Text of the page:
The 25-year-old female recently came to my office for evaluation of new onset chronic daily headache. This unfortunate young woman had been suffering with headaches every single day of her life the last 18 months. Historically, the problem began shortly after she returned from a camping trip in Ocean City Maryland. Upon returning home she had a sudden headache, mild flulike symptoms, fatigue and malaise. The headache is always right-sided in the temporal-parietal area. She uniquely described her headache is having a ram’s horn pattern of distribution describing a spiral pattern of pain. The pain was described is having a squeezing quality, not throbbing, associated with nausea at times. Pain intensity increases around time of menses.
One year prior to our initial consultation she been tested for Lyme disease. She had a positive EIA and 2/3 IgM Western Blot bands meeting the CDC criteria for a positive surveillance test. She was treated with doxycycline for 4 weeks which had no impact on the headaches.
Her neurologist informed her that Lyme disease not relevant to her condition and an infectious disease specialist felt that she been adequately treated for Lyme disease and that this had been excluded as a cause of her headaches.
She was prescribed a large number medications sequentially including: Topamax, Neurontin, Imitrex, Fioricet and many others none of which had any efficacy whatsoever.
The physical examination was completely normal except for subtle sensory deficits. Her ability to sense a cold object, in this case a metal tuning fork, was diminished in the hands and feet. This finding is generally dismissed by most neurologist as insignificant. In my experience, this finding is reliably present in at least 80% of my patients diagnosed with Lyme disease and is rarely present in healthy persons.
The remainder of her workup was unremarkable until I came to the blood smear. Here I documented a red blood cell filled with small stained inclusions compatible with bacteria. A photo image is included here.
Bartonella species are perhaps the most frequent coinfecting organisms in patients with Lyme borreliosis. (Yes this contradicts my last blog). In the 2012 paper entitled “Bartonella spp. Bacteremia and Rheumatic Symptoms in Patients from Lyme Disease- endemic Region,” published in the CDC Journal: Emerging Infectious Diseases, findings from Dr. Mozayeni’s practice are described. Among 296 patients suffering with, Lyme disease, joint pain, chronic fatigue syndrome and fibromyalgia, 62% were found have Bartonella species antibodies. These species of Bartonella included: B henselae, B. Koehlerae, B. vinsonii subsp berhoffi and others designated Bartonella spp.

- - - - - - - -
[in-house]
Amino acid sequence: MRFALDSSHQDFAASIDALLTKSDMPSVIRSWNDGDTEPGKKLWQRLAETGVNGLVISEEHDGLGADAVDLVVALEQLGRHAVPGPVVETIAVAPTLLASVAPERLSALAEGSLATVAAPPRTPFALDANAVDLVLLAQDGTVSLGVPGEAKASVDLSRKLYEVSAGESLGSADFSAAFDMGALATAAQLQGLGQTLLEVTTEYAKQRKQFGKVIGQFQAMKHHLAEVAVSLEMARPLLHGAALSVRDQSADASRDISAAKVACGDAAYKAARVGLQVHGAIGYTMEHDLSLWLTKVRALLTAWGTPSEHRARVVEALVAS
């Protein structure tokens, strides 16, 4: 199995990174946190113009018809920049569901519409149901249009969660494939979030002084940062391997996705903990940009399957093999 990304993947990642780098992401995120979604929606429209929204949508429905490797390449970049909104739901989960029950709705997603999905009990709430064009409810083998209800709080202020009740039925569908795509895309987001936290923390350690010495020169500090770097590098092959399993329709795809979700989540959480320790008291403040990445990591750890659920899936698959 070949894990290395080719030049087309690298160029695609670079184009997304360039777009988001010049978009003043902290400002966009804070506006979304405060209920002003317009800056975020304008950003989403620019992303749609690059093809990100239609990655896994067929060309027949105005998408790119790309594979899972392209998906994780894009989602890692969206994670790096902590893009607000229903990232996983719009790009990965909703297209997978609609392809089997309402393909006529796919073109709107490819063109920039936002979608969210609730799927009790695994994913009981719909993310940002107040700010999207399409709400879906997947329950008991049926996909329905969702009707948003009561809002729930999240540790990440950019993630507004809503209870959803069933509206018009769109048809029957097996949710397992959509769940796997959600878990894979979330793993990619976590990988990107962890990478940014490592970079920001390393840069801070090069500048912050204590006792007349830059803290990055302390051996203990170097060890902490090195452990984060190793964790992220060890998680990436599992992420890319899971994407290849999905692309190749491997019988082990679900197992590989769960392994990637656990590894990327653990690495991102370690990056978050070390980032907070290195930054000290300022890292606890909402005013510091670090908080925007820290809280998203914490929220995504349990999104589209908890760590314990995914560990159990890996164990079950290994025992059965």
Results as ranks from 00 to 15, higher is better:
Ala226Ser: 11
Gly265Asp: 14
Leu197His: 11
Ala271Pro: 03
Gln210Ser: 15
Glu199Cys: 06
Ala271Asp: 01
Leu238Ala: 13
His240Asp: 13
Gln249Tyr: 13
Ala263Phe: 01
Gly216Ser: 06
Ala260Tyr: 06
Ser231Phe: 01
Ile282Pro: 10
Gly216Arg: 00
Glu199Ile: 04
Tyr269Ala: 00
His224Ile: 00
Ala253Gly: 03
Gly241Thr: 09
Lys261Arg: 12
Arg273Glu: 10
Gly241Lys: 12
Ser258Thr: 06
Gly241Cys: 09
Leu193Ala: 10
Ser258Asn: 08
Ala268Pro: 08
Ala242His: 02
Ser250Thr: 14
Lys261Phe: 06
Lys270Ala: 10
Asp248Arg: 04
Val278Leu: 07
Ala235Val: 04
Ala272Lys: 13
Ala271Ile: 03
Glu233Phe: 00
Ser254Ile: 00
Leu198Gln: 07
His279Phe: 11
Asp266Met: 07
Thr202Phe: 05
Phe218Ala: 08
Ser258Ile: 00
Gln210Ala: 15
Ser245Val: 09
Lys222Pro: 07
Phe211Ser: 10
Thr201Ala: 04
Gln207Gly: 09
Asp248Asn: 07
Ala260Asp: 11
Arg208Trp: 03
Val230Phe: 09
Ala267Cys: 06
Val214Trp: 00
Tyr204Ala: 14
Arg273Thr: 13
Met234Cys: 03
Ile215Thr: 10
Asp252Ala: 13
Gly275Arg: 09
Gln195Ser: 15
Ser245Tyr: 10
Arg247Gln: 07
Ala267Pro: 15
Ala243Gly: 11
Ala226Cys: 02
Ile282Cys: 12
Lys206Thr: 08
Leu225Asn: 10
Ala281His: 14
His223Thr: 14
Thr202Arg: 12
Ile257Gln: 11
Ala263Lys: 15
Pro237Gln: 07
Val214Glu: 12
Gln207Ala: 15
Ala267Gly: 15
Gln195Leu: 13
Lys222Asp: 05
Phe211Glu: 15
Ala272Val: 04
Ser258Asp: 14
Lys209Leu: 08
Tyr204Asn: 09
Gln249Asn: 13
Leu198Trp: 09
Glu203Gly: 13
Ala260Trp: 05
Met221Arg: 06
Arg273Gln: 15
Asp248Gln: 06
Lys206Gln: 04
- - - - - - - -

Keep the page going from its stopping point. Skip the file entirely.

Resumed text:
Prior to 1990 there were only two named species of Bartonella. Now there at least 24 named species of Bartonella and numerous yet unnamed species in the queue whose DNA signatures have been deposited in Gen Bank. 17 Bartonella species are now associated with an expanding spectrum of human illness.
Bartonella species are fastidious, gram-negative bacteria with demonstrated affinity for intracellular localization in red blood cells and endothelial cells. Bartonella is the only genus of bacteria known to induce pathological angiogenesis (growth of new blood vessels). This may be associated with elevated serum levels of VGEF (vascular endothelial growth factor). In 2013 Maggi et al report the ability of Bartonella henselae to invade human brain vascular pericytes. Pericytes are small cells cells that surround endothelial cells and are an important constituent of the blood brain barrier.
Blood smears may suggest the presence of Bartonella. The diagnosis may be confirmed by PCR testing. For clinical purposes this may not be necessary.
This patient was treated with Zithromax, rifampin and Tindamax. Combination rifampin with Zithromax is known clinically to be very effective against Bartonella species. Within four weeks of treatment the headache was completely abolished. However, the symptoms returned within 5 days when the medication was discontinued by the patient and were once again abolished when the medication was reinstated. After 3 months on continuous antibiotic therapy the patient remains symptom free.
This patient’s case demonstrates new onset chronic daily headache in a patient with newly acquired Lyme disease associated with coinfection with human bartonellosis with an excellent clinical response using targeted therapy.